WILLIAM B. HOBSON
SURNAMES:Speinhour,Henderson, Botsford, Macauley, Connel, O'Shaughnessey
For nearly three-quarters of a century the Hobson family have
been closely associated with Santa Clara County, of which William B.
Hobson is a native and for many years was engaged in the mercantile
business in San Jose. He first saw the light on November 11, 1857, in a
house that stood on the present site of Luna Park, and was the son of
George and Sarah P. (Speinhour) Hobson. The Hobsons are of Southern
extraction, George having been born in North Carolina in February,
1823. At an early age he migrated into Missouri and there met and
married Miss Speinhour, like himself a native of North Carolina , born
on May 18, 1828, and they were married on January 10, 1847. Early in
the spring of that same year they started for the then unknown West,
traveling with an emigrant train of sixty wagons by way of Forts
Laramie and Hall and arriving at Johnson's ranch, near the present site
of the city of Sacramento in October, having taken about six months to
complete the journey. They soon came on down into the Santa Clara
Valley, but did not tarry long, going to Monterey, then the capital of
California. They only had stopped there a few months and during the
time their eldest child was born, and then came back to San Jose in
January, 1849, and this city and county has ever since been the scene
of the activity of the Hobson family.
George Hobson tried his luck in the mines and met with gratifying
results. He and his companions struck a rich lead and from one pocket
alone each man washed out $1,000 in in three days. Two years of mining
satisfied Mr. Hobson and he returned to Santa Clara County and turned
his attention to ranching, which was conducted in a very primitive
fashion in those days, a great deal of the manual labor being done by
the Indians. San Jose was then a squalid village, made up of adobe huts
and the city of inhabitants were Spanish and uneducated Mexicans. Mr.
Hobson followed farming and also engaged in the dairy business, running
the first milk wagon ever seen on the streets of the town.
In 1861 he moved his family to what is now known as Luna Park, where he
owned about 1,200 acres; two years later he moved to a ranch of 160
acres upon which was an adobe house and in later years this section was
subdivided and became a part of San Jose and Hobson street, near where
the ranch house was located, was named in honor of George Hobson. Here
he and his wife with their three sons established their home, which
soon became the center of hospitality of the English-speaking residents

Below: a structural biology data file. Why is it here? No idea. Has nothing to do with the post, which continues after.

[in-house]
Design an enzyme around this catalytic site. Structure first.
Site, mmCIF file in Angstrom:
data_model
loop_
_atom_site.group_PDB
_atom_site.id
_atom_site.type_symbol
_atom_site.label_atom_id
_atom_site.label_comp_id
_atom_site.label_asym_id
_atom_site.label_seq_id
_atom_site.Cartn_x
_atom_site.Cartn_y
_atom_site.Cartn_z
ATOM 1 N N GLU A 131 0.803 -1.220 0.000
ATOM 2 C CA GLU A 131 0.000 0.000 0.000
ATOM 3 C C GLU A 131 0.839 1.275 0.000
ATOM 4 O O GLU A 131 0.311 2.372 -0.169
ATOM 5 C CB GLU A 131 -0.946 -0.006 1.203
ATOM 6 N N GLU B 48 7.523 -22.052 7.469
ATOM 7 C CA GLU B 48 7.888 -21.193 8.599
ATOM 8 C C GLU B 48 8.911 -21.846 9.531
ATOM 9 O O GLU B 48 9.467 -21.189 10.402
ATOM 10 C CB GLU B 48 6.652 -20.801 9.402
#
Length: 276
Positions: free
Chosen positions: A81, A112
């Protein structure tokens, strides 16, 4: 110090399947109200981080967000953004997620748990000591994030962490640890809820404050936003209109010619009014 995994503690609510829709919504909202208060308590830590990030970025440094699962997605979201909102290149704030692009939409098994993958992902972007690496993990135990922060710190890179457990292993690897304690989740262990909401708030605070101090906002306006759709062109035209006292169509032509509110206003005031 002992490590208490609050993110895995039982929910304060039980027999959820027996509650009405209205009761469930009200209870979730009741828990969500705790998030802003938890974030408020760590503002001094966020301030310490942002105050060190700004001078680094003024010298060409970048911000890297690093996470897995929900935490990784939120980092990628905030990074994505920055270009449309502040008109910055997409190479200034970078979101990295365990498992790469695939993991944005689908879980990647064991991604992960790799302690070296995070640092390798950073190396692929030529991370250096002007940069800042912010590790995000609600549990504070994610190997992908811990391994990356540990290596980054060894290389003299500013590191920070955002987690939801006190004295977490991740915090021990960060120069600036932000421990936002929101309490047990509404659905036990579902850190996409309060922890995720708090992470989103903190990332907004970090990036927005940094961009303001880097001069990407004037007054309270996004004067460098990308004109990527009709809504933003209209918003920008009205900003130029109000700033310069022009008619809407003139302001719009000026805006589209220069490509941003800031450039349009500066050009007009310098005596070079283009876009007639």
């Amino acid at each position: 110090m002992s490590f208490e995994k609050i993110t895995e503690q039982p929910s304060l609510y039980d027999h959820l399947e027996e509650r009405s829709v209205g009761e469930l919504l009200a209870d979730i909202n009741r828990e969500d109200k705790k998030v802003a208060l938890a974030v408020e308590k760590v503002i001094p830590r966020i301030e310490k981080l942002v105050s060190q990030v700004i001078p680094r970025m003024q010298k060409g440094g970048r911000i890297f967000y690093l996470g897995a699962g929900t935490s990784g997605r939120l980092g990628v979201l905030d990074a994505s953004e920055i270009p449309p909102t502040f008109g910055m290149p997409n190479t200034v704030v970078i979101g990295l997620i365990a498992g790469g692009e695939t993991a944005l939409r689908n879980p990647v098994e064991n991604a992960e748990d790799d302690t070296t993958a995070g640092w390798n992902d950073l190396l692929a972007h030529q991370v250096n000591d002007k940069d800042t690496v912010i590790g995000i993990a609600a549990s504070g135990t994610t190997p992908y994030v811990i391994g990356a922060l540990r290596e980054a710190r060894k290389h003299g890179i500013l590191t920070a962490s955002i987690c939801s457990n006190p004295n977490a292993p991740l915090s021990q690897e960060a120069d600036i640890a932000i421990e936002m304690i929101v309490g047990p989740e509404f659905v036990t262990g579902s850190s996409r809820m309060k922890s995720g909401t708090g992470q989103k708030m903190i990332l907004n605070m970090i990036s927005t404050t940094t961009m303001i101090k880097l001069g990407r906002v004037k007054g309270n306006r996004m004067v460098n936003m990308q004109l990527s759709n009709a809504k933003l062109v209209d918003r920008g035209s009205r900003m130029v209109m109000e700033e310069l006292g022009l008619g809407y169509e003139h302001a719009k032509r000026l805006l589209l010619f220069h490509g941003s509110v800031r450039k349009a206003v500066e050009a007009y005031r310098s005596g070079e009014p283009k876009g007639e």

of the town. There were nine children in the family, of whom two sons,
and four daughters reached mature years. Thaddeus died in 1911; those
now living are William B.; Mrs. Mary Henderson; Mrs. Annie Botsford;
Mrs. Martha Macauley; and Mrs. Sadie Connel. George Hobson died in 1892
and Mrs. Hobson passed away in 1919, having reached the good old age of
George B. Hobson attended the public school and the old San Jose
Institute and after quitting he worked on a ranch for three years.
Finding ranch life not to his liking, he came to San Jose and 1876
bought out the clothing business of Obanion & Kent, who had
established the business in 1875. Mr. Hobson carried on the store alone
until 1882, when he took his brother, T.W. Hobson, in as a partner, and
they carried on the business under the firm name of T. W. Hobson &
Company, which continued active under the inspiriting influence of the
two Hobsons until W. B. retired in 1921. The reputation of the firm for
square dealing, strict business integrity and reliability enabled them
to build up a large and successful trade among all classes of people.
The marriage of W.B. Hobson uniting him with Miss Marguerite
O'Shaughnessey, occurred in San Jose January 13, 1886. He is a member
of the Chamber of Commerce and takes an active interest in every
movement that has for its aim the building up of San Jose and Santa
Clara County. He is a charter member of San Jose Parlor No. 22 , N. S.
G. W , belongs to the Elks, the Country Club and to the National Union.
In his younger days he served for some years in the State Militia.
Popular as a
citizen, genial in disposition, while a man of large interests, he has
never allowed himself to become completely absorbed in business, but
has found time for the pleasures of out-door life and is fond of
hunting, fishing and trapshooting.
Transcribed by Marie Clayton, from Eugene T. Sawyers' History of Santa Clara County,California, published by Historic Record Co. , 1922. page 406
SANTA CLARA PIONEER BIOGRAPHIES
SANTA CLARA COUNTY -The Valley of Heart's Delight
July 19, 2005